In a previous post, I covered the TPACK instructional model. TPACK has been very useful for me, but it is not the only model that I use when designing instruction or working with others to design instruction.
Another model I frequently use is the Technology Integration Matrix. While the language used in the matrix is focused on students and teachers, I encourage you to reframe the language to fit your learning environment. Instead of students and teachers, use learners and librarian, library users and trainer, or whatever words fit for you.
The Technology Integration Matrix “provides a framework for describing and targeting the use of technology to enhance learning. The TIM incorporates five interdependent characteristics of meaningful learning environments: active, collaborative, constructive, authentic, and goal-directed. These characteristics are associated with five levels of technology integration: entry, adoption, adaptation, infusion, and transformation.”
The matrix, which can be seen here (https://fcit.usf.edu/matrix/matrix/), helps instructors be purposeful in their integration of technology in instructional settings.
Let’s consider some examples of how you could use the Technology Integration Matrix in your instructional settings:
- You have been leading a workshop on databases. The session is primarily a lecture and demonstration. You would like to make the session more interactive and have the attendees engage in a couple activities. Looking at the Technology Integration Matrix, you decide that the row Active best fits your need for more interactivity. Then, you look at each column. You know you are already doing Entry and Adoption, so decide to focus on Adaptation. You select a few technology tools (i.e. databases) and create specific activities for the attendees to engage in during the session. This helps attendees gain familiarity and confidence with the databases.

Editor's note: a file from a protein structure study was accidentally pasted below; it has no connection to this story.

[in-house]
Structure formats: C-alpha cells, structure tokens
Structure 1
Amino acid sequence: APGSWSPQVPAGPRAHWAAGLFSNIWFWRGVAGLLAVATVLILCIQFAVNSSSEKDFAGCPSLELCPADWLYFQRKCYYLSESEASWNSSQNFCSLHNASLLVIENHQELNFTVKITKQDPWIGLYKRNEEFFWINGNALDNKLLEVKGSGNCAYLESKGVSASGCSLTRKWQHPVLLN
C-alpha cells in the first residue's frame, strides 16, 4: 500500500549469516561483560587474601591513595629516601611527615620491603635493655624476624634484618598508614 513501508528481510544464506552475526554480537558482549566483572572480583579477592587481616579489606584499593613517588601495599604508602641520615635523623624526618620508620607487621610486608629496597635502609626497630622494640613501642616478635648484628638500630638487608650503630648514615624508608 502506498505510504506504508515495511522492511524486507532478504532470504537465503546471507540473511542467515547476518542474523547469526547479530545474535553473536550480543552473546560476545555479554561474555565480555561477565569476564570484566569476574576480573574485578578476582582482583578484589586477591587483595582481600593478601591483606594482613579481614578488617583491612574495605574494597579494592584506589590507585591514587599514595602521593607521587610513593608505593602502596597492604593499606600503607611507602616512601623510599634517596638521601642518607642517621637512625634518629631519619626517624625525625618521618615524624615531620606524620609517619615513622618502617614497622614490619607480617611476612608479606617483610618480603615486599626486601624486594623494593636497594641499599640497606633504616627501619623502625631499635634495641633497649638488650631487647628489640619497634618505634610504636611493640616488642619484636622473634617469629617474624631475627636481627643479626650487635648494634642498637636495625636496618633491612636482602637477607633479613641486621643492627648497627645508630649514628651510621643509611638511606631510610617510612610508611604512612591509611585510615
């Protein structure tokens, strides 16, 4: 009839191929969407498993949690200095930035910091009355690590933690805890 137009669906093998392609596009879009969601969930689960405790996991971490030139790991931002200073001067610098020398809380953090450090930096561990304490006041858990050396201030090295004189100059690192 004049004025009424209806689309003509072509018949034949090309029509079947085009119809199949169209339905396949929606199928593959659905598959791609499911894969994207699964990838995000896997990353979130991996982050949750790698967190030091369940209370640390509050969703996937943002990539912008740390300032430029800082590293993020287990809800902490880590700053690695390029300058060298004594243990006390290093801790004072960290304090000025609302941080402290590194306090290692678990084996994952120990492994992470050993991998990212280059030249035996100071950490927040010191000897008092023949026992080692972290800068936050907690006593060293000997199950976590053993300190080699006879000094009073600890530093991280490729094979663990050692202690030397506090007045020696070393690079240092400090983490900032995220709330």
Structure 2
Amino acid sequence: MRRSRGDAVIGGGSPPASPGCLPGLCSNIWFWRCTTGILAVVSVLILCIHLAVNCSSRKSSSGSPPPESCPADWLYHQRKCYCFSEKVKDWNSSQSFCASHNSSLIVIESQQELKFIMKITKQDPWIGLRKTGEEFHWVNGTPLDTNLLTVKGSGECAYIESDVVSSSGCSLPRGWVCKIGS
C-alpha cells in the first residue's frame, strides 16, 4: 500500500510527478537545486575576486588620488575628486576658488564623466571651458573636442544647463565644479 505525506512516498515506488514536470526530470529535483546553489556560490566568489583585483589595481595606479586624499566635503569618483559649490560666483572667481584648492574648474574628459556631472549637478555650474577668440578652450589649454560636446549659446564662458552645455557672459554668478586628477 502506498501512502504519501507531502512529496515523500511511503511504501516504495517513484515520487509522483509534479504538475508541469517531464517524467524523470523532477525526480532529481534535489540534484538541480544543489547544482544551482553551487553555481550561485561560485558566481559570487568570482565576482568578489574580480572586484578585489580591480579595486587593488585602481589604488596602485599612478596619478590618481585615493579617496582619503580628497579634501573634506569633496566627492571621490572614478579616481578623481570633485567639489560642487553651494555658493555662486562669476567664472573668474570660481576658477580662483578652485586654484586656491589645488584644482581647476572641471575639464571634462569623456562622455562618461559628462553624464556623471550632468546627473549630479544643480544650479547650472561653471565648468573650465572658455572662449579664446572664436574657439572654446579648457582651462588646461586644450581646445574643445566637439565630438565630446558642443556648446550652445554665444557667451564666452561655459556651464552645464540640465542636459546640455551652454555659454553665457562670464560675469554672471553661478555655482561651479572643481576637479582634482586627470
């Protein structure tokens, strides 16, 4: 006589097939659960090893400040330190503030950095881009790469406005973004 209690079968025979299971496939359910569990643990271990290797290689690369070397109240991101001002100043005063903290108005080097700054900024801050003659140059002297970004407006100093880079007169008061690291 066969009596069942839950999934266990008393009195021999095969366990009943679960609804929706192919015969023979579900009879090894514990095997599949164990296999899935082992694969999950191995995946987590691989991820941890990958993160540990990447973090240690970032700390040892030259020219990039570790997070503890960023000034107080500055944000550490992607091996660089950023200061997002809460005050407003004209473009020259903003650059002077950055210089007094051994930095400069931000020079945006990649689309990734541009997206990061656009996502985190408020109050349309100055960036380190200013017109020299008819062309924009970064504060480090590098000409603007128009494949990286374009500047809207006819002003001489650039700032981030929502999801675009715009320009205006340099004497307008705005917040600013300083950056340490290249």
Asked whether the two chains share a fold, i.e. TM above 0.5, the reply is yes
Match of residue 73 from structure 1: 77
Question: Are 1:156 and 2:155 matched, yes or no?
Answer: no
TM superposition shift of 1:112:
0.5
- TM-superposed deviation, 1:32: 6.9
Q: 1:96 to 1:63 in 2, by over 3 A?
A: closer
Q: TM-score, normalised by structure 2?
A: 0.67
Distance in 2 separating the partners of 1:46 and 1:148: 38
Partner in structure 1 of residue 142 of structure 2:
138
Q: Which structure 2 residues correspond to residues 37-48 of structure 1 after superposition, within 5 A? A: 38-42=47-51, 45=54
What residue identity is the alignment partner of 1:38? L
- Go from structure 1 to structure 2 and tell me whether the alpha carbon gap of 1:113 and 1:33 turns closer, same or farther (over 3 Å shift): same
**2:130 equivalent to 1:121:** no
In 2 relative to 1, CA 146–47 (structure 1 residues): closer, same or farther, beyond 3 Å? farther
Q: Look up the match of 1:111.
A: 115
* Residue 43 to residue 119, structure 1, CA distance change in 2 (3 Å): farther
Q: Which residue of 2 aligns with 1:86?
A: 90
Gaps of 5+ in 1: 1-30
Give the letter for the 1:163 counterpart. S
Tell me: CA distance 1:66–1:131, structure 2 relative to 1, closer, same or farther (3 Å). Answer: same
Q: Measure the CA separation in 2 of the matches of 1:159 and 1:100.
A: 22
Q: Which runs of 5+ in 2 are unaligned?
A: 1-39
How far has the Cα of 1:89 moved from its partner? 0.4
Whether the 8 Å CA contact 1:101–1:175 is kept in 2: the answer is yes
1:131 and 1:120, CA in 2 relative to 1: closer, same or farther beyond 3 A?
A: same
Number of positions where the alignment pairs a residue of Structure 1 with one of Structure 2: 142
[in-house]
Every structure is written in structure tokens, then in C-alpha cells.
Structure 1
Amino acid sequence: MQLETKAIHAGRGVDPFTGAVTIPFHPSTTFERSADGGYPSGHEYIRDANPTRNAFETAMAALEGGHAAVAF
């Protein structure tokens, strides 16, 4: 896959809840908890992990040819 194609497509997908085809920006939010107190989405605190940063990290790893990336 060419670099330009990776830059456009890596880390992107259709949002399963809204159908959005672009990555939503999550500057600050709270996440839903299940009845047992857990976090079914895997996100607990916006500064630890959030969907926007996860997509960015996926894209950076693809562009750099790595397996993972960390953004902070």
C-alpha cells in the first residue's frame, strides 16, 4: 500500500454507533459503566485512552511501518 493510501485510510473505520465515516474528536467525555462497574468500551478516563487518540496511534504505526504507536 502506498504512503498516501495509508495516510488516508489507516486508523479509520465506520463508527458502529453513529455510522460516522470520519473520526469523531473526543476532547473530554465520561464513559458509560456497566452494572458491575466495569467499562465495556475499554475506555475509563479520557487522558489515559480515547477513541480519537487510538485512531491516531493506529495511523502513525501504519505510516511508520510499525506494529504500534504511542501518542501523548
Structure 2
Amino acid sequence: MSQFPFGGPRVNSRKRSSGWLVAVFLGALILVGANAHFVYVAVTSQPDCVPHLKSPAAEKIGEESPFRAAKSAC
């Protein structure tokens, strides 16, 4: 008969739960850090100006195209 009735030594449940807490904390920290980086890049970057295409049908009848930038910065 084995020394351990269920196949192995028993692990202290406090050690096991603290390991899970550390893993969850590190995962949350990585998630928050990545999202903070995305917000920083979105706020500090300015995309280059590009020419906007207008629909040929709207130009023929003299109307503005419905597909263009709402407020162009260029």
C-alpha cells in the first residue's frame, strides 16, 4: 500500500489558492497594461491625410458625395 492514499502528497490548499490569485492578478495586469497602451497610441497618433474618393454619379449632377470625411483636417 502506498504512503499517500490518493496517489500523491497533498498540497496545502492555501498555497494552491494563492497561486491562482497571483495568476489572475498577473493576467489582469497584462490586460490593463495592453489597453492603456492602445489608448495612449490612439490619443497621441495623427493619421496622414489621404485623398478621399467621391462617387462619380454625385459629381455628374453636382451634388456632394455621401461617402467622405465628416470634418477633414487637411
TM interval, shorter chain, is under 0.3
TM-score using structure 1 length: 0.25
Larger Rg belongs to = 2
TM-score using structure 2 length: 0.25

- You have been teaching a session on systematic reviews. This session is primarily lecture, but you do have a few activities built into the session where attendees analyze systematic reviews. Most of the analysis occurs individually, but you also have one activity that is collaborative. This has been a paper-based activity, but you would like to move it online to save paper. You also feel that the collaborative analysis should be done online because many attendees work across the building and do not collaborate in-person. You review the Technology Integration Matrix and decide your goal fits in the Collaborative row and then fits in both the Adaptation and Infusion columns. It fits in the Adaptation column because you will suggest a few tools for collaborative analysis (e.g hypothes.is and Google Docs), but you also explain how collaboratively analyzing systematic reviews can be beneficial and you suggest that attendees find a tool that works best for them.
For me, the reason the matrix is helpful is because it helps me categorize and name what I am doing and where I want to go with technology in my instructional sessions. Being able to step back and reflect is a necessary part of instruction.
Lauren Hays, PhD, is an Assistant Professor of Instructional Technology at the University of Central Missouri, and a frequent presenter on topics related to libraries and librarianship. Her expertise includes information literacy, educational technology, library and information science education, teacher identity, and academic development. Please read Lauren’s other posts about skills relevant to special librarians who provide instruction. And take a look at Lucidea’s powerful integrated library systems, SydneyEnterprise, and GeniePlus, used daily by innovative special librarians in libraries of all types, sizes and budgets.
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